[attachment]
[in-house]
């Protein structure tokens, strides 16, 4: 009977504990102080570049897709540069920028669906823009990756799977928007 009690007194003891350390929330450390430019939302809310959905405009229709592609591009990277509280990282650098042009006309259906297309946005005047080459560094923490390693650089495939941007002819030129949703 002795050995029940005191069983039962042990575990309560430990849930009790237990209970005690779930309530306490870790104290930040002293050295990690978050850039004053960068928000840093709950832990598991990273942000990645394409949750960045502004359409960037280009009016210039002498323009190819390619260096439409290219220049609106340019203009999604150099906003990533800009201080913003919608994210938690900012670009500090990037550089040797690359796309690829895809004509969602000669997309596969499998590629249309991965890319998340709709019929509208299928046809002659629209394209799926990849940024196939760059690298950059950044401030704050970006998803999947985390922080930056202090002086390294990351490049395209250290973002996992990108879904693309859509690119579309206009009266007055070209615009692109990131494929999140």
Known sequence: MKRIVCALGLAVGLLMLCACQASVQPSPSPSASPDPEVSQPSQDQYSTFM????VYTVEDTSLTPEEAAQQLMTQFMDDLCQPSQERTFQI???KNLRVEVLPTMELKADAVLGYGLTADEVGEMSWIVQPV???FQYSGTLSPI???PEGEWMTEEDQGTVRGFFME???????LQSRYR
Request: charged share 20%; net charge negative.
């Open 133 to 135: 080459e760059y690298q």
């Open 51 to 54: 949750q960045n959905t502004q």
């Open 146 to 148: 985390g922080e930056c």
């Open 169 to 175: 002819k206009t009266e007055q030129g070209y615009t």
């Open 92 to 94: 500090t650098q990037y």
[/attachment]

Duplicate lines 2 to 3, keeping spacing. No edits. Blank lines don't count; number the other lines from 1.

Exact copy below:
């Protein structure tokens, strides 16, 4: 009977504990102080570049897709540069920028669906823009990756799977928007 009690007194003891350390929330450390430019939302809310959905405009229709592609591009990277509280990282650098042009006309259906297309946005005047080459560094923490390693650089495939941007002819030129949703 002795050995029940005191069983039962042990575990309560430990849930009790237990209970005690779930309530306490870790104290930040002293050295990690978050850039004053960068928000840093709950832990598991990273942000990645394409949750960045502004359409960037280009009016210039002498323009190819390619260096439409290219220049609106340019203009999604150099906003990533800009201080913003919608994210938690900012670009500090990037550089040797690359796309690829895809004509969602000669997309596969499998590629249309991965890319998340709709019929509208299928046809002659629209394209799926990849940024196939760059690298950059950044401030704050970006998803999947985390922080930056202090002086390294990351490049395209250290973002996992990108879904693309859509690119579309206009009266007055070209615009692109990131494929999140």
Known sequence: MKRIVCALGLAVGLLMLCACQASVQPSPSPSASPDPEVSQPSQDQYSTFM????VYTVEDTSLTPEEAAQQLMTQFMDDLCQPSQERTFQI???KNLRVEVLPTMELKADAVLGYGLTADEVGEMSWIVQPV???FQYSGTLSPI???PEGEWMTEEDQGTVRGFFME???????LQSRYR